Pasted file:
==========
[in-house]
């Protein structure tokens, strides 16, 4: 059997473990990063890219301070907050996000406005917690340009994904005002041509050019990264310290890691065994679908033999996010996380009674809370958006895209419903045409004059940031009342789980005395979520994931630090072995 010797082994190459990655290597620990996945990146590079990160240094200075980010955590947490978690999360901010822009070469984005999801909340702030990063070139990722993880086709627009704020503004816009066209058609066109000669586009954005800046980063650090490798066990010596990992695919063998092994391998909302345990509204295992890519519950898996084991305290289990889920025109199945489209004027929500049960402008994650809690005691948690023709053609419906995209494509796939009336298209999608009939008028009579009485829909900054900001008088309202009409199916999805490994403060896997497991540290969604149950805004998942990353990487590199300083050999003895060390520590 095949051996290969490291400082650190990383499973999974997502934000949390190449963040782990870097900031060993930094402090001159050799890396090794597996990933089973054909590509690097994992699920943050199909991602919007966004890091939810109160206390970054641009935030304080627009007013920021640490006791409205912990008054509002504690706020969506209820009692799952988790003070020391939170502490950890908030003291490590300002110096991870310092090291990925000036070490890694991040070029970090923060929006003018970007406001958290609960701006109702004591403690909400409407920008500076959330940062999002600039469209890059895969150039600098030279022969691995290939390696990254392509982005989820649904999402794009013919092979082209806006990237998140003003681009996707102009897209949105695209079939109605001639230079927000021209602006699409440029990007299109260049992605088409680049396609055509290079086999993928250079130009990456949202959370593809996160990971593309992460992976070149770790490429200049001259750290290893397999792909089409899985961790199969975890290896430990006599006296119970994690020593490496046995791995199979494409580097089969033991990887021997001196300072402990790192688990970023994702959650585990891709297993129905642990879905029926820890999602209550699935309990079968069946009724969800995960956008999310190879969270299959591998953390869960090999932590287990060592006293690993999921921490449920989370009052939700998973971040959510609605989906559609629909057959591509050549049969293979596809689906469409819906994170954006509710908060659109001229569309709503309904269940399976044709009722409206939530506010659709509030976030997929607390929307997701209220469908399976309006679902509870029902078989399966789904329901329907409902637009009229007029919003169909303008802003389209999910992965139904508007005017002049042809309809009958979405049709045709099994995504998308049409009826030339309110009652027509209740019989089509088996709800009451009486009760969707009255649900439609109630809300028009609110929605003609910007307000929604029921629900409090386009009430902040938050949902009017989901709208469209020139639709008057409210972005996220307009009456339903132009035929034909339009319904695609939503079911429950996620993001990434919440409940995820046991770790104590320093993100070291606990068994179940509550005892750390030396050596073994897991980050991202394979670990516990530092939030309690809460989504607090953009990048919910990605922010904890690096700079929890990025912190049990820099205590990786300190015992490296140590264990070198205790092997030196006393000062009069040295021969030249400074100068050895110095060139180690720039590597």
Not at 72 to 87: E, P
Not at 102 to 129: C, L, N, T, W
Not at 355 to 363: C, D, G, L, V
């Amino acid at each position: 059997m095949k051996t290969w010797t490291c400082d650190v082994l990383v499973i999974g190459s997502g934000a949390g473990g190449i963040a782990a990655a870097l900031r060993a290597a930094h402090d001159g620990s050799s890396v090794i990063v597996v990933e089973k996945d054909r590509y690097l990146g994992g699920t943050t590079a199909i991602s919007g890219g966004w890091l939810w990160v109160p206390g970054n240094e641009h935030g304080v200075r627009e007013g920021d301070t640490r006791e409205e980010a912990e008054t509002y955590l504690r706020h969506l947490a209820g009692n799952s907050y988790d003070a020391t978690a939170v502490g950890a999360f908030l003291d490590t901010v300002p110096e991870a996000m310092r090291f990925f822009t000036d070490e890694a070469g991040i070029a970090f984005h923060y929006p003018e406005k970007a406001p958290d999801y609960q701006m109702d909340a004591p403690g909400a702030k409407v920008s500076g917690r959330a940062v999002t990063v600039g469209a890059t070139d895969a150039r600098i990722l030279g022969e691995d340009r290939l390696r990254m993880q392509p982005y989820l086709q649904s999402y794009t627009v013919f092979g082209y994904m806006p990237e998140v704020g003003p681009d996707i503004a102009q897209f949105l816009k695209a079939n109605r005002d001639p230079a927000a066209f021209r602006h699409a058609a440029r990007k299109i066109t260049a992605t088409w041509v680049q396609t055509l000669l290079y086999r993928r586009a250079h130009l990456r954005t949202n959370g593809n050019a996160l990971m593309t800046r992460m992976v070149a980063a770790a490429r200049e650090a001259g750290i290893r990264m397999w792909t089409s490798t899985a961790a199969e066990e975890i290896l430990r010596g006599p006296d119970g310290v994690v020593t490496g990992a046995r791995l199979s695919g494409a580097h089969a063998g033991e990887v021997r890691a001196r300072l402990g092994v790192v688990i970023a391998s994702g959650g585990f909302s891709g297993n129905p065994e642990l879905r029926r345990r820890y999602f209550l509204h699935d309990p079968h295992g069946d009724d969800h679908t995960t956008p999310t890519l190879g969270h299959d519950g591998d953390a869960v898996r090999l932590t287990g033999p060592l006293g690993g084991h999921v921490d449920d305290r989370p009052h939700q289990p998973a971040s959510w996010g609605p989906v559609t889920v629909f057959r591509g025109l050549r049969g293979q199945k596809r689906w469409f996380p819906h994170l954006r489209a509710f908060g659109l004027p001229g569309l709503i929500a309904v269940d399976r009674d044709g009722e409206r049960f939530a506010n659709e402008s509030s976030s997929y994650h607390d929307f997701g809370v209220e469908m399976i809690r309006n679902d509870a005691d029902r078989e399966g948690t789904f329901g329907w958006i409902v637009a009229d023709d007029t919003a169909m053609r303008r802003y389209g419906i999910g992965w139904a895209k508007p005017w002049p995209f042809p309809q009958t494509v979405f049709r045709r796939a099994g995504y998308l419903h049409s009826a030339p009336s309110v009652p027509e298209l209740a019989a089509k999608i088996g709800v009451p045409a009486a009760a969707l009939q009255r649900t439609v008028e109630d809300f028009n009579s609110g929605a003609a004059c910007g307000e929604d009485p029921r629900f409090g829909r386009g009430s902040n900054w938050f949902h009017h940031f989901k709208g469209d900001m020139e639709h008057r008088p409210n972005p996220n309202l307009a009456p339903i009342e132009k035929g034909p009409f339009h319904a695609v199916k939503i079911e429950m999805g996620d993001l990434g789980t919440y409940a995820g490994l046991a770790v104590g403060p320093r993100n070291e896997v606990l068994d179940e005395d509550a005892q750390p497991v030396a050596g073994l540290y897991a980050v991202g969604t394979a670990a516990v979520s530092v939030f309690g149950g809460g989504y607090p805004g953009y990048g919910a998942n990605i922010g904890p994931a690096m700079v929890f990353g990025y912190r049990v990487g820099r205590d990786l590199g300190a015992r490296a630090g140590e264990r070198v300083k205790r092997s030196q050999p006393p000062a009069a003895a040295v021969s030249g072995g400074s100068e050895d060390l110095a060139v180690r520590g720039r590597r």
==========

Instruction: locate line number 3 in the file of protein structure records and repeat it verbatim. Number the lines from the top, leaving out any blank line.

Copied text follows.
Not at 72 to 87: E, P